By Shahid Hashmi
Two fittest players of all. Most determined persons. Honest professionals. Complete team men. Two jewels in Pakistan’s batting crown. Pillars who complement the team. Mentors who always supported youngsters.
There is no praise enough for Younis Khan and Misbah-ul-Haq. What they did for Pakistan cricket will be written in golden words.
As they announced their plans to retire, one after the other in the space of just 72 hours, they left many questions to answer.
Can Pakistan afford to lose both the stars in one go? Can the structure they put in place in so many years and after so many turmoil can stand without the COLUMNS?
The answer is a big NO.
While Misbah-ul-Haq’s departure was very much on the cards — albeit he, besides Younis, is the fittest player in the team — could have played a year or so more.
Younis’s announcement was sudden. Just two months back he had shown interest to lead the Test team once more. He had vowed to play a few more years, two to be precise. So his departure was not expected and was also obstructed, in his own words.
Were chief selector Inzamam-ul-Haq’s loud and clear words that he wants to restructure the team forced Younis to quit? One selector showed surprise at Younis’s decision. “We never wanted him to retire now. Perhaps he could have played fro another year or so. His decision has surprised me,” he said.
But Misbah was truly under pressure. “When will Misbah retire and “why the Pakistan Cricket Board is not asking him to call it quits” were every day’s notion.
Together they formed the nucleus of Pakistan’s batting. They used to meet in the centre with team under trouble, 3-15, 3-8, 3-24, 3-33 and so on and so forth. A hand shake will ensure they were up to the task and will not easily part ways. Together they put 3205 runs – the most by any Pakistan pair
A poor series in Australia where he managed just 76 runs in six innings had put pressure on Misbah. If you add 31 and 13 in the only Test he played at Christchurch then those were failures in five Tests and that was enough for former players to raise calls for Misbah’s exit.
Misbah was unlucky to have critics in hundreds. Such was his misfortune. But to his credit he had coped everything, some very nasty and unnecessary, that came his way with humility and courage.
He led the Test team in an admirable manner. Offered captaincy at a time when Pakistan’s image was sullied in the post spot-fixing scandal of 2010, it was a huge challenge.
But Younis had more friends than critics. His fortunes and reception in the two formats – Tests and ODIs – were poles apart. He was “man to go” in Tests, always prolific and most of the time scoring runs when needed.
His five centuries in fourth innings, the last at Pallekle which helped Pakistan chase a record target in 2015, amplifies his stature and his mantra of “team’s interest comes first.” It was totally opposite in limited over matches where Younis did not warrant a permanent place and his exit from the 50-over game was unceremonious.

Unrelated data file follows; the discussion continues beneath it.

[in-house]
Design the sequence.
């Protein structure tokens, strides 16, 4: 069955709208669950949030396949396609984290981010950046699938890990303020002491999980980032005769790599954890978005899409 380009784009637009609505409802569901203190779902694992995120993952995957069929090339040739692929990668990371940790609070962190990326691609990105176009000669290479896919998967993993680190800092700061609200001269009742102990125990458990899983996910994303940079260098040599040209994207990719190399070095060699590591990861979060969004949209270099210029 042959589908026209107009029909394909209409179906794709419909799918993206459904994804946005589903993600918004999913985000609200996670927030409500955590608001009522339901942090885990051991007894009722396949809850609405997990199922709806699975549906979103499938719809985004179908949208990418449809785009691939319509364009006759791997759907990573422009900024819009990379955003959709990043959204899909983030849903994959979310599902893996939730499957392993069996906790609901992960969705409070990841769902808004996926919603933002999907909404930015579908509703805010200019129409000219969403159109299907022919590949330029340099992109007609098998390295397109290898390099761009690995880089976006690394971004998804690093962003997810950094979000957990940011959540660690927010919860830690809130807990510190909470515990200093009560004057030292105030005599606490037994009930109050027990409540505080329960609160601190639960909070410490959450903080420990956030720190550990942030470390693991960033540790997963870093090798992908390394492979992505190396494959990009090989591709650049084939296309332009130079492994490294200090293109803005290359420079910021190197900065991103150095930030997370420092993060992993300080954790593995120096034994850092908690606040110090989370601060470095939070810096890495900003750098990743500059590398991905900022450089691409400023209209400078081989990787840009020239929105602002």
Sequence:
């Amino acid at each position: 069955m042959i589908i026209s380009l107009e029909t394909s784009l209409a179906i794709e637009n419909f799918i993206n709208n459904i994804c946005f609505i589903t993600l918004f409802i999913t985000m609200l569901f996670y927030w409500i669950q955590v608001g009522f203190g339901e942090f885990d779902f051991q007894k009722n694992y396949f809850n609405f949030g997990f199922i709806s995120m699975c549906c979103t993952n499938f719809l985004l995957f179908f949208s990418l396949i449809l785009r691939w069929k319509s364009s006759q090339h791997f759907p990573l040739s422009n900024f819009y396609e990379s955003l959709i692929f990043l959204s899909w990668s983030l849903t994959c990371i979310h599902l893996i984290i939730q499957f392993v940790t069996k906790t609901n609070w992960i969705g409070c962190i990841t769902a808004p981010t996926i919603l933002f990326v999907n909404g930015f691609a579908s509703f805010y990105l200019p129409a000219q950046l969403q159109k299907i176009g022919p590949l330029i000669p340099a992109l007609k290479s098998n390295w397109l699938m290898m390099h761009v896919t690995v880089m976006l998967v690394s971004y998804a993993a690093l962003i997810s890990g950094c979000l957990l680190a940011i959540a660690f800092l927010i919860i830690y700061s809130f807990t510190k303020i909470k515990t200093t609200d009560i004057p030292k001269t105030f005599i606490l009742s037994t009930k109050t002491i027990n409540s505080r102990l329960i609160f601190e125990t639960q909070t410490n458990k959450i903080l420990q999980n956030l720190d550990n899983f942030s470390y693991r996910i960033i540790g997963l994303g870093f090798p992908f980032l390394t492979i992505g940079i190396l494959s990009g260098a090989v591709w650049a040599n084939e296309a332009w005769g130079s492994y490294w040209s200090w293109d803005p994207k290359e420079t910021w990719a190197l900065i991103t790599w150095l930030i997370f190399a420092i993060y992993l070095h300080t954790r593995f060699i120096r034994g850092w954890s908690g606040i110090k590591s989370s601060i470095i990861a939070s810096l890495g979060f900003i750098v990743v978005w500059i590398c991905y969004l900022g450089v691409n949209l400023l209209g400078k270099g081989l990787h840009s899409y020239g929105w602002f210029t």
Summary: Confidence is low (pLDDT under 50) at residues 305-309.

But their mutual love for scoring runs for the team was unparallel.
Together they formed the nucleus of Pakistan’s batting. They used to meet in the centre with team under trouble, 3-15, 3-8, 3-24, 3-33 and so on and so forth. A hand shake will ensure they were up to the task and will not easily part ways. Together they put 3205 runs – the most by any Pakistan pair.
They beat the previous record of 3137, between Mohammad Yousuf and Younis. Together they put 15 centruy stands, the most by any pair beating the ten each between Inzamam-ul-Haq-Yousuf and Miandad-Mudassar.
But the most praiseworthy fact about the two senior statesmen was their support for youngsters. Ask Azhar Ali, Asad Shafiq and Shan Masood. They will vouch on oath that Younis and Misbah helped them grow, help them develop and help them gain confidence.
Coming back to the question that do we afford to let them go one after the other. It will be tough to replace them. Their shoes are too big to fill in. Unfortunately neither the PCB nor the selection committee had the guts to plan their departure or to have pursued them to plan it timely.
Post West Indies series Pakistan will tour Bangladesh. Gone are the days when Bangladesh were minnows. They are now a power in Asia and after registering their progress in leaps and bounds in Odis, they are the team to watch in Tests as well.
Without Misbah and Younis, Pakistan will be hard pressed to beat Bangladesh in the longer format.
Will Babar Azam step in? Will Asif Zakir or Usman Salahuddin be capable enough to fill in the shoes? Only time will tell. For the time being we must clap and get ready to bid farewell to two of the biggest players Pakistan had produced. When they go, only then we will try to find replacements.
As we have always done in the past!